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Background details and bibliographic information
Poems in Prose
Author: Oscar Wilde
Electronic edition compiled and proof-read by Margaret Lantry
Funded by University College, Cork
1. First draft, revised and corrected.
Extent of text: 1075 words
CELT: Corpus of Electronic Texts: a project of University College, Cork
College Road, Cork, Irelandhttp://www.ucc.ie/celt (1997) (2008)
Distributed by CELT online at University College, Cork, Ireland.
Text ID Number: E850003-016
Available with prior consent of the CELT programme for purposes of
academic research and teaching only.
There is not as yet an authoritative edition of Wilde's works.
- The writings of Oscar Wilde (London; New York: A. R. Keller & Co. 1907) 15 vols.
- Robert Ross (ed), The First Collected Edition of the Works of Oscar Wilde (London: Methuen & Co. 1908). 15 vols. Reprinted Dawsons: Pall Mall 1969.
- Complete works of Oscar Wilde (Glasgow: HarperCollins, 1994).
- 'Notes for a bibliography of Oscar Wilde', Books and book-plates (A quarterly for collectors) 5, no. 3 (April 1905), 170-183.
- Karl E. Beckson, The Oscar Wilde encyclopedia (New York: AMS Press 1998). AMS Studies in the nineteenth century 18.
- Richard Ellmann; John Espey, Oscar Wilde: two approaches: papers read at a Clark Library seminar, April 17, 1976 (Los Angeles: William Andrews Clark Memorial Library, University of California 1977).
- Richard Ellmann, Oscar Wilde at Oxford: a lecture delivered at the Library of Congress on March 1, 1983 (Washington, DC: Library of Congress 1984).
- Richard Ellmann, Oscar Wilde: a biography (London: Hamilton 1987).
- Juliet Gardiner, Oscar Wilde: a life in letters, writings and wit (Dublin: Gill & Macmillan 1995).
- Frank Harris, Oscar Wilde, including My memories of Oscar Wilde, by George Bernard Shaw and an introductory note by Lyle Blair (London: Robinson, 1992).
- Rupert Hart-Davis (ed), Selected letters of Oscar Wilde (Oxford: Oxford University Press 1979).
- Rupert Hart-Davis (ed), More letters of Oscar Wilde (London: Murray 1985).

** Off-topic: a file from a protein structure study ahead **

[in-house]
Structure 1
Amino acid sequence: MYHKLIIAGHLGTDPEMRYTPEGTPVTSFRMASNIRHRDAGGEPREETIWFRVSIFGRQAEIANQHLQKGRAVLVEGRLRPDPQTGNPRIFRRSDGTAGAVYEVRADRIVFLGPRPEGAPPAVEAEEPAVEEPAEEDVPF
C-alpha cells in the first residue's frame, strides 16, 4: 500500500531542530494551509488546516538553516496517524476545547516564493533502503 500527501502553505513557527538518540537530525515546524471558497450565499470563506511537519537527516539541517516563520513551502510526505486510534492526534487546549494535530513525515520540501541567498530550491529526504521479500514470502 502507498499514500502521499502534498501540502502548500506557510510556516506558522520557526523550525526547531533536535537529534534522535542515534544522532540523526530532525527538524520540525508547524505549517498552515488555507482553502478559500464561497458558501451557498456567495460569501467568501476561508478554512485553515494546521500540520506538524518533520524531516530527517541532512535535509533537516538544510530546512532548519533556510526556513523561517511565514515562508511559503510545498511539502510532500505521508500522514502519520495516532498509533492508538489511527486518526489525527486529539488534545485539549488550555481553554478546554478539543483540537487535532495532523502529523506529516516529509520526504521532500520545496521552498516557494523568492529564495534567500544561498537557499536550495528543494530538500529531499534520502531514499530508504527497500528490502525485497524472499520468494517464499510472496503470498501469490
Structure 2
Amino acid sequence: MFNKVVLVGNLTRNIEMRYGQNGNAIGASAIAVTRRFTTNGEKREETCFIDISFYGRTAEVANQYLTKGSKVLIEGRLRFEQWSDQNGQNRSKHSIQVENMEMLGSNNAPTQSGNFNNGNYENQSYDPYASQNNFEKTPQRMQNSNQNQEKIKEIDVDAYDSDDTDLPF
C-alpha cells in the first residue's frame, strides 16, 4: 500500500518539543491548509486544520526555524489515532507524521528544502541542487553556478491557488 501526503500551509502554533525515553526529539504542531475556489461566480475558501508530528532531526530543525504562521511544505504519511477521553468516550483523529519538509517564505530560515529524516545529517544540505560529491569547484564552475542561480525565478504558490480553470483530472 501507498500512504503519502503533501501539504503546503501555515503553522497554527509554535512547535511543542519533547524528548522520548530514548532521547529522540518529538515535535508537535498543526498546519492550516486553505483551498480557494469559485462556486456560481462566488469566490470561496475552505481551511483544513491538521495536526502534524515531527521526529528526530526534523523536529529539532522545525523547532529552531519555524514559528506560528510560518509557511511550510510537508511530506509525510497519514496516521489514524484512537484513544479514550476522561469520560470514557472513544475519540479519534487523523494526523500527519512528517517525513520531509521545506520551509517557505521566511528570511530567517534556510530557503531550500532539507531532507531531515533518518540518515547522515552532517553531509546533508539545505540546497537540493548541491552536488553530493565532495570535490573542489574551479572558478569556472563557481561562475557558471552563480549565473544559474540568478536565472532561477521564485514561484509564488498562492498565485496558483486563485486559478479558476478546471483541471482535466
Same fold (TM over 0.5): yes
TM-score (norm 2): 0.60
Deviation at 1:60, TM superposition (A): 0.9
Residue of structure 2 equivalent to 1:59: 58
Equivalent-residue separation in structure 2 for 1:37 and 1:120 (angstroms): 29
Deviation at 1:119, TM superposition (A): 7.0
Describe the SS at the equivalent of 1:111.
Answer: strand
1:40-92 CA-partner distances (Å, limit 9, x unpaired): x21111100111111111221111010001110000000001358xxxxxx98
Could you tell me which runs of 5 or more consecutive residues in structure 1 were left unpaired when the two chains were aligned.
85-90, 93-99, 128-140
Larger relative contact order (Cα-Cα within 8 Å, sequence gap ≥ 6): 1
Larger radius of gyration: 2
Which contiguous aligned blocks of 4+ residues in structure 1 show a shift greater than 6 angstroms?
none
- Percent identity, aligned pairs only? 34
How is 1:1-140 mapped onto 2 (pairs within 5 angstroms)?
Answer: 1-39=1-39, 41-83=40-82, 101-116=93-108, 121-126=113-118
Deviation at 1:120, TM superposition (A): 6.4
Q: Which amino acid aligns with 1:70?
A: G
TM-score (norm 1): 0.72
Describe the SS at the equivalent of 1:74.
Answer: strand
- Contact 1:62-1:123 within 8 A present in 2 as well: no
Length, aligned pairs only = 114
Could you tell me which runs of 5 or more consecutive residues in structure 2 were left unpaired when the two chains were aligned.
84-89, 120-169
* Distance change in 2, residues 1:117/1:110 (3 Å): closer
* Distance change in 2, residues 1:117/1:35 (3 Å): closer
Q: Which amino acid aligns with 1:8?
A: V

- Vyvyan Beresford Holland, Oscar Wilde: a pictorial biography (London: Thames & Hudson 1960).
- H. Montgomery Hyde, Oscar Wilde: a biography (London: Methuen 1977).
- Andrew McDonnell, Oscar Wilde at Oxford: an annotated catalogue of Wilde manuscripts and related items at the Bodleian Library, Oxford, including many hitherto unpublished letters, photographs and illustrations (A. McDonnell 1996). Limited edition of 170 copies.
- Stuart Mason, Bibliography of Oscar Wilde (London: E. G. Richards 1907). Also pubd. New York 1908, London 1914 in 2 vols. Repr. of 1914 edition: New York: Haskell House 1972.
- E. H. Mikhail, Oscar Wilde: an annotated bibliography of criticism (London: Macmillan 1978). Also pubd. Totowa NJ: Rowman & Littlefield 1978.
- Thomas A. Mikolyzk, Oscar Wilde: an annotated bibliography (Westport CT: Greenwood Press 1993). Bibliographies and indexes in world literature, 38.
- Norman Page, An Oscar Wilde chronology (London: Macmillan 1991).
- Hesketh Pearson, The Life of Oscar Wilde (London 1946).
- Richard Pine, The thief of reason: Oscar Wilde and modern Ireland (Dublin: Gill & Macmillan 1996).
- Horst Schroeder, Additions and corrections to Richard Ellmann's Oscar Wilde (Braunschweig: H. Schroeder 1989)
The edition used in the digital edition
- Oscar Wilde The Artist in Essays and Lectures. , London, Methuen & Co. Ltd. (1913) page 229230
CELT: Corpus of Electronic Texts
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Created: By Oscar Wilde (18541900).
Use of language
Language: [EN] The text is in English.
Corpus of Electronic Texts Edition: E850003-016
Poems in Prose: Author: Oscar Wilde
ONE evening there came into his soul the desire to fashion an image of The Pleasure that abideth for a Moment. And he went forth into the world to look for bronze. For he could only think in bronze.
But all the bronze of the whole world had disappeared, nor anywhere in the whole world was there any bronze to be found, save only the bronze of the image of The Sorrow that endureth for Ever.
Now this image he had himself, and with his own hands, fashioned, and had set it on the tomb of the one thing he had loved in life. On the tomb of the dead thing he had most loved had he set this image of his own fashioning, that it might serve as a sign of the love of man that dieth not, and a symbol of the sorrow of man that endureth for ever. And in the whole world there was no other bronze save the bronze of this image.
And he took the image he had fashioned, and set it in a great furnace, and gave it to the fire.
And out of the bronze of the image of The
Sorrow that endureth for Ever he fashioned an image of The Pleasure that abideth for a Moment.